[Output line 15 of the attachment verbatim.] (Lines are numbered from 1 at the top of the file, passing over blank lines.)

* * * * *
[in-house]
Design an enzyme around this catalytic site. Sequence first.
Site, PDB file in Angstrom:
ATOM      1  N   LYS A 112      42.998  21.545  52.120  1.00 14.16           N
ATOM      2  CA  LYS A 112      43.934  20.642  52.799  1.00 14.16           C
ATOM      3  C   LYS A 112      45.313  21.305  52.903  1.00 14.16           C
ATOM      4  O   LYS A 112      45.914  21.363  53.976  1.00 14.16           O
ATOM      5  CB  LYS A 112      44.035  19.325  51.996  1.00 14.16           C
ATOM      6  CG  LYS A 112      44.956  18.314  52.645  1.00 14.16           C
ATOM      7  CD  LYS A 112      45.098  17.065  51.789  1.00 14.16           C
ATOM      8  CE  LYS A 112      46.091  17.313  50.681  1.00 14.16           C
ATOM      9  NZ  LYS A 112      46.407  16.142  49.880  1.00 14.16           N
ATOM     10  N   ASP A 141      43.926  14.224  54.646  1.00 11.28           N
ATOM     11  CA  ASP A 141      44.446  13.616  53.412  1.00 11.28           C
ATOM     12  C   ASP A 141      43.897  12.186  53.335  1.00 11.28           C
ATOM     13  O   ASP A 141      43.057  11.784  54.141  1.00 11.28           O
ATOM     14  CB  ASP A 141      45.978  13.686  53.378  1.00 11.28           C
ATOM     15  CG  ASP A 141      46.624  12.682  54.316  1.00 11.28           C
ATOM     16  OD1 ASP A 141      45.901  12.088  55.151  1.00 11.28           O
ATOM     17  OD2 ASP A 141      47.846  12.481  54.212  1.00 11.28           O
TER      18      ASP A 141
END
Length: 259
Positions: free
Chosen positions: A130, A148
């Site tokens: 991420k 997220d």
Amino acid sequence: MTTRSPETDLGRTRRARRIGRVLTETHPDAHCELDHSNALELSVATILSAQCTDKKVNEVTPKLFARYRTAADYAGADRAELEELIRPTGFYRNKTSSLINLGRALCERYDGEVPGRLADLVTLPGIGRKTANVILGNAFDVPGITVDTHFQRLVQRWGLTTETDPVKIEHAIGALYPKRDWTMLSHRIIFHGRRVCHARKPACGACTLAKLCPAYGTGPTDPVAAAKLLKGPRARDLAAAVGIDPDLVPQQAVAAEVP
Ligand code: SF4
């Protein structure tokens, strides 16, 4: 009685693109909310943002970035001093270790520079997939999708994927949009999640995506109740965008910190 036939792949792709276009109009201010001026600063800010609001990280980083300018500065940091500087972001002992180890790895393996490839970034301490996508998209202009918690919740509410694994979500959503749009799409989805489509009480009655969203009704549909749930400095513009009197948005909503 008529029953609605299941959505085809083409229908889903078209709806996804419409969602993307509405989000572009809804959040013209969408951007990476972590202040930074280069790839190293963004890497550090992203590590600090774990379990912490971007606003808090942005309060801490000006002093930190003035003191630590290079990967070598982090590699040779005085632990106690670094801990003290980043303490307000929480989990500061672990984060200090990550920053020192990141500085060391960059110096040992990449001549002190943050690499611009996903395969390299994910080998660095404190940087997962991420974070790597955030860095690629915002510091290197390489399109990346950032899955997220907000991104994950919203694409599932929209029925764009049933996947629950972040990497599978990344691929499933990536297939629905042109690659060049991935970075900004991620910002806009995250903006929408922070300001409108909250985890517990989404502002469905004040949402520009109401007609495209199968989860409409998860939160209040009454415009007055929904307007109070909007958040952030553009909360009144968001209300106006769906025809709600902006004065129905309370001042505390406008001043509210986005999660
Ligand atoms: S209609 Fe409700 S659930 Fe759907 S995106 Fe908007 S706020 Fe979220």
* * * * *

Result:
ATOM     12  C   ASP A 141      43.897  12.186  53.335  1.00 11.28           C